McDavid Goes for 4 Again

In Edmonton’s 8-2 steamrolling of the road-weary Arizona Coyotes at Rogers Place on Wednesday (Dec. 7), McDavid scored twice and added two assists, already the sixth time in 2022-23 that he has totalled four points in one game. For context, from 2012-13 to 2018-19, the most games of four or more points that all Oilers players combined for during the entire season was five.

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McDavid recorded four or more points in a career-high seven games in 2021-22, the most by an Edmonton player in a single season since 1987-88, when Gretzky had his ninth consecutive campaign with at least nine four-point games. At this rate, he would finish the season with a whopping 18 four-point games, tying Gretzky for the sixth most in NHL history. Lemieux holds the league record, with 26 in 1988-89, while Gretzky has the Oilers’ franchise record, with 23 in 1981-82.

McDavid Plays with Power

A big reason McDavid is recording four-point games with ultra-irregular semi-regularity is his brilliance on the power-play: he has at least two power-play points in five of his six contests with four points, and has registered at least one point on the man advantage in all of them. Overall, he leads the league this season with 25 power-play points, five more than the next closest player, teammate Leon Draisaitl. He is first with 16 power-play assists, and tied for second with nine goals, trailing only Draisaitl.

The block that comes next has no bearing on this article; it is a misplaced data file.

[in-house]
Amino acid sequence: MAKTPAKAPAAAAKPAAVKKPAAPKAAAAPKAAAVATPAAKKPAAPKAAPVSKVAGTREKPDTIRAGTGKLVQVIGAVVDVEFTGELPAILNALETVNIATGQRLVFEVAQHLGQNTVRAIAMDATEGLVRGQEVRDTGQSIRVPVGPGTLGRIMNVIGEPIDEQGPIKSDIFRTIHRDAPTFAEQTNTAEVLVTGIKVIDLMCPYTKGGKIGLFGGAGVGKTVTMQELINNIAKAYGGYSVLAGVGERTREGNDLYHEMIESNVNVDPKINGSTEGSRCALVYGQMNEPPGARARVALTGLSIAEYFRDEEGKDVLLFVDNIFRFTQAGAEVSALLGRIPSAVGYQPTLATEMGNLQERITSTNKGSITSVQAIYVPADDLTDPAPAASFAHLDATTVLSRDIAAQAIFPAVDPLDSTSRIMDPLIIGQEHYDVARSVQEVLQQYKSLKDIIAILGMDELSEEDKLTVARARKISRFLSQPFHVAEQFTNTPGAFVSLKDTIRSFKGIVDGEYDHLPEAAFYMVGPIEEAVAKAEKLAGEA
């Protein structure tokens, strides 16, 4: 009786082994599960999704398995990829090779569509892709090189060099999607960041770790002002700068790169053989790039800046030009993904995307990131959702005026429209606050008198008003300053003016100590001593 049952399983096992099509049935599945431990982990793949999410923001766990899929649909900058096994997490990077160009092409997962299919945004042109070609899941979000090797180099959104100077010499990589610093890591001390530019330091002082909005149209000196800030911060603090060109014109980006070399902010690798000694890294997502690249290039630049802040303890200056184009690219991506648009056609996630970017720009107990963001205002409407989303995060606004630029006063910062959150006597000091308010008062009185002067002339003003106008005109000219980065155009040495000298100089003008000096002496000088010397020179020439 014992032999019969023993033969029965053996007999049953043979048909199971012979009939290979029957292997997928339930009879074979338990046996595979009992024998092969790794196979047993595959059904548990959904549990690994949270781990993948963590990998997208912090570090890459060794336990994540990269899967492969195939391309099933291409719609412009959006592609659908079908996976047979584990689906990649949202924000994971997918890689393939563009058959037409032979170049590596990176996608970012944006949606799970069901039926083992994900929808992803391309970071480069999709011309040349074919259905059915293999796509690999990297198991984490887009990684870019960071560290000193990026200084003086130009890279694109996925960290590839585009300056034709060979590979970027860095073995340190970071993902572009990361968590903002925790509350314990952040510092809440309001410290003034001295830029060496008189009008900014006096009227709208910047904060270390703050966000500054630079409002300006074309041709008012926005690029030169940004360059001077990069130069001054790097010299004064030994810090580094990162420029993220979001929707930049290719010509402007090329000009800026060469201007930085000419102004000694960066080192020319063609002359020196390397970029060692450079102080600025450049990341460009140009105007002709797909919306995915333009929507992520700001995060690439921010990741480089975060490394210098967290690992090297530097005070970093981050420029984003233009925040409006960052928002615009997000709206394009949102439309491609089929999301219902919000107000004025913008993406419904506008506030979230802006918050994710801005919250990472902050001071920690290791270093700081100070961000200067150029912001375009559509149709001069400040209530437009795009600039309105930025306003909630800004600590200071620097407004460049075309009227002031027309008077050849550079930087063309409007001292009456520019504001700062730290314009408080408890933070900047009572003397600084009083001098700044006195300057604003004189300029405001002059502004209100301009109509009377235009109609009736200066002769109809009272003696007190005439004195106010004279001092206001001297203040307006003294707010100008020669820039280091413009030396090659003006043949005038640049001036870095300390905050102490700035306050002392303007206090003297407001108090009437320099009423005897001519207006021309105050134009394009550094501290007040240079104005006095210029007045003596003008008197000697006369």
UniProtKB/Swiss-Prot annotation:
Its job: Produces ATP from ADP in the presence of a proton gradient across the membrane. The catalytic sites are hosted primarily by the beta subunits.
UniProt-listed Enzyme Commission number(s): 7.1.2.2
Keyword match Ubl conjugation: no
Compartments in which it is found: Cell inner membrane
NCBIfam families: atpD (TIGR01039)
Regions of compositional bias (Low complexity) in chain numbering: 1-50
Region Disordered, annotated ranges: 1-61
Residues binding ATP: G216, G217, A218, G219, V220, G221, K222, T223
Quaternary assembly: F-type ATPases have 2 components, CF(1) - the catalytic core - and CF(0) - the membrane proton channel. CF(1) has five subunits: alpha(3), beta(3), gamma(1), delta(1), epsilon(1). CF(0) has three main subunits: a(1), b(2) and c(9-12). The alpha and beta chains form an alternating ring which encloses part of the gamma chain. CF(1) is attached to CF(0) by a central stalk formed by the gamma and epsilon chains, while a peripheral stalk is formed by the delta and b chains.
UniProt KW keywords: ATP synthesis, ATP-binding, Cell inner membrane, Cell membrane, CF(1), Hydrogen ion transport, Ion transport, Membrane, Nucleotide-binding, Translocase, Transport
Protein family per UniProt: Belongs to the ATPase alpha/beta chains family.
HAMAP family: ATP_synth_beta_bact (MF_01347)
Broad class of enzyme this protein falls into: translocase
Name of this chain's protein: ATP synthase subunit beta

Leon Draisaitl Connor McDavid Edmonton Oilers
Connor McDavid and Leon Draisaitl, Edmonton Oilers (Photo by Andy Devlin/NHLI via Getty Images)

McDavid needs only 33 power-play points in the Oilers’ remaining 55 outings to set a new franchise record, surpassing the 57 Gretzky had in 1981-82. The NHL record is 80, established by Lemieux with the Pittsburgh Penguins in 1987-88. McDavid’s per-game average of 0.93 power-play points through 27 games projects to 76 in 82 games, which would be fourth most in league history.

The NHL record for power-play goals in a season is 31 (Lemieux, twice, in 1988-89 and 1995-96) and the league record for power-play helpers is 58 (once again Lemieux, 58 in 1987-88). McDavid is on pace to pot 27 goals and dish out 49 assists while playing with the man advantage.

If McDavid is going to reach any, let alone one of these milestones, he can afford very few off nights between now and the Oilers’ regular-season finale on April 13, 2023, at home against the San Jose Sharks. There is ample reason that No. 97 can keep it up. Going back to the beginning of the pandemic-shortened 2020-21 season, he has totalled 280 points in 163 games, virtually the equivalent of two full seasons. That’s no small sample size, that’s an established pattern.

Next up for McDavid and his teammates is the Minnesota Wild, one team that has managed to make him look closer to human more often than not: the four-time Art Ross Trophy winner has 19 points in 18 career games against Minnesota, but had a goal and assist in their first meeting this season, just over a week ago in St. Paul on Dec. 1.